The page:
ALESTLE VIEW: Spring break can’t fix mid-semester stress

We are at the point in the semester where students are practically begging for a break — midterms have us over our heads in stress, and all we can think about is the fact that spring break is around the corner.

It is no secret that school can be incredibly overwhelming and we tend to dream of the weekend or break. 

It can be so mentally draining that we feel as if we absolutely need that break or weekend because otherwise, we may actually snap. 

In fact, according to Harvard Medical School, three out of four college students had experienced at least one stressful life event in the past year, and one in five college students had experienced six or more events that caused them high stress. 

Furthermore, stress is connected to mental health diagnoses, self-harm and even suicidal thoughts. Harvard also says one-fifth of college students have thought of suicide, another one-fifth has self-harmed and almost one-tenth has attempted suicide. 

It is clear that the effects of stress on a student’s life are not a joking or laughing matter and instead something serious affecting a large amount of the college population. It is no wonder that we look forward to breaks like we do.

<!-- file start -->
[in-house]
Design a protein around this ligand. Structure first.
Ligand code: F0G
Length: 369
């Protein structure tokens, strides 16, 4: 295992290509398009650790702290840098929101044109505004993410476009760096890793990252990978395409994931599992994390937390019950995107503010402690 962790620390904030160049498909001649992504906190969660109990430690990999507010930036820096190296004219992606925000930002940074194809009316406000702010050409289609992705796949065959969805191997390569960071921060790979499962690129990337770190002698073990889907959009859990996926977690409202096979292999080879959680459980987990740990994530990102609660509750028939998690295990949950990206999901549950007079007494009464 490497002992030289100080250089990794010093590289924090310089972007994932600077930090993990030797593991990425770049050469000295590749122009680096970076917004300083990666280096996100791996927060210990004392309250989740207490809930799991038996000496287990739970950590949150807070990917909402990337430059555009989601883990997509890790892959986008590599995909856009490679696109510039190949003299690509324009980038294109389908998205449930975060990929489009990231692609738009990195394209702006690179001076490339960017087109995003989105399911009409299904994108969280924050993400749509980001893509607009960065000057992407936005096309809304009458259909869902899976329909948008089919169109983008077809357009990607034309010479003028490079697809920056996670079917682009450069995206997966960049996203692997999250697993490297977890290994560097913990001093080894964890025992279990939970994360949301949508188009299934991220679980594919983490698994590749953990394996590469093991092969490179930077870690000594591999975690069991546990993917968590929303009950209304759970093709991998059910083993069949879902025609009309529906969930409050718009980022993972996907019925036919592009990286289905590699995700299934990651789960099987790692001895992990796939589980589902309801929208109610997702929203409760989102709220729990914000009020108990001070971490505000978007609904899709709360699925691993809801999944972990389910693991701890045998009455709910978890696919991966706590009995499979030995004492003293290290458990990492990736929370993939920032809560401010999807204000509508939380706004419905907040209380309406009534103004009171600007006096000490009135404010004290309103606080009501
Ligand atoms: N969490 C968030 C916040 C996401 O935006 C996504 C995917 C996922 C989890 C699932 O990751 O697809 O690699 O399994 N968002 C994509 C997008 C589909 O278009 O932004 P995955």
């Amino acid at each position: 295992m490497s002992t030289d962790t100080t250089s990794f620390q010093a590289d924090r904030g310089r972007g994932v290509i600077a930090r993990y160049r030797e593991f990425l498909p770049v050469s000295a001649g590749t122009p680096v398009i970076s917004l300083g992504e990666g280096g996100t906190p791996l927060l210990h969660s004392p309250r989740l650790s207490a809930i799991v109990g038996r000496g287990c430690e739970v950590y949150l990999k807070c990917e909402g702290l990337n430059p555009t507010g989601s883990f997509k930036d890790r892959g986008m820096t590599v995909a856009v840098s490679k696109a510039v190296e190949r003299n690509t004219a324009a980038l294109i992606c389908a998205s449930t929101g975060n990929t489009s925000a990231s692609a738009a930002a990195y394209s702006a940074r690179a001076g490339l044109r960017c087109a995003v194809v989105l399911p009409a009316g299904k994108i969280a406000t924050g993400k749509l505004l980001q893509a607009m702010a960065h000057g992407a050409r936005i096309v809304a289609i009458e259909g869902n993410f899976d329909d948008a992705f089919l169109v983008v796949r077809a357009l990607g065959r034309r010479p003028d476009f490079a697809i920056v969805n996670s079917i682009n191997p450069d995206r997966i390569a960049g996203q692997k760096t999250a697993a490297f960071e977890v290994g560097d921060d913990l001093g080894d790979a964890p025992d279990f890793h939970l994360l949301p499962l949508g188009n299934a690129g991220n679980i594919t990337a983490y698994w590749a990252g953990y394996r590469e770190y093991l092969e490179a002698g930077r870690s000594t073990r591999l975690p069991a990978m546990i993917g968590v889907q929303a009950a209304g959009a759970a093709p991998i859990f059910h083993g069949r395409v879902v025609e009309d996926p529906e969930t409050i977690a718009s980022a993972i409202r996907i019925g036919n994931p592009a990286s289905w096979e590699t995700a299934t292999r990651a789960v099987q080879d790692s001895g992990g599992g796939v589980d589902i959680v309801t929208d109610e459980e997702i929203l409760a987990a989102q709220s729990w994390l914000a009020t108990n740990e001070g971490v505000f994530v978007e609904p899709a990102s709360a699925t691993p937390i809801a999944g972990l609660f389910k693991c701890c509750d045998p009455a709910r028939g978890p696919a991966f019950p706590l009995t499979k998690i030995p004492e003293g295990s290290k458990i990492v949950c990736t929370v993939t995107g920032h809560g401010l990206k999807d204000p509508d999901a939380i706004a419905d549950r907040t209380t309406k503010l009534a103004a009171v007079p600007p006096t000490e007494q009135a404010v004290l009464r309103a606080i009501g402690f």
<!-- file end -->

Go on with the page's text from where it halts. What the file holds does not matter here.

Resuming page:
While it is clear that something needs to be done on the university level — and sadly, it is unlikely that will happen anytime soon — there are ways we can take care of ourselves during this break and throughout the year. 

Whether students are at work, at home or on vacation, they should take some extra time out of their days to take care of themselves so they don’t come back to school as stressed out as they left it. 

Students should take time to do the things they enjoy, whether it is running, binge-watching their favorite shows or movies on Netflix or hanging out at a coffee shop with friends.

 Yes, it is true that school doesn’t stop just for spring break, but we have more free time on our hands, and we should make good use of it. 

We should also incorporate these things into our lives as often as possible because even though school is important, we need to try and care for ourselves as well. 

Breaks just offer a particularly big chance to take some time away from the rush of our lives to care for ourselves. 

If students are struggling with stress or mental illness, they should consider reaching out to a therapist or a helpline such as the NAMI HelpLine at 1-800-950-6264 for additional resources. 

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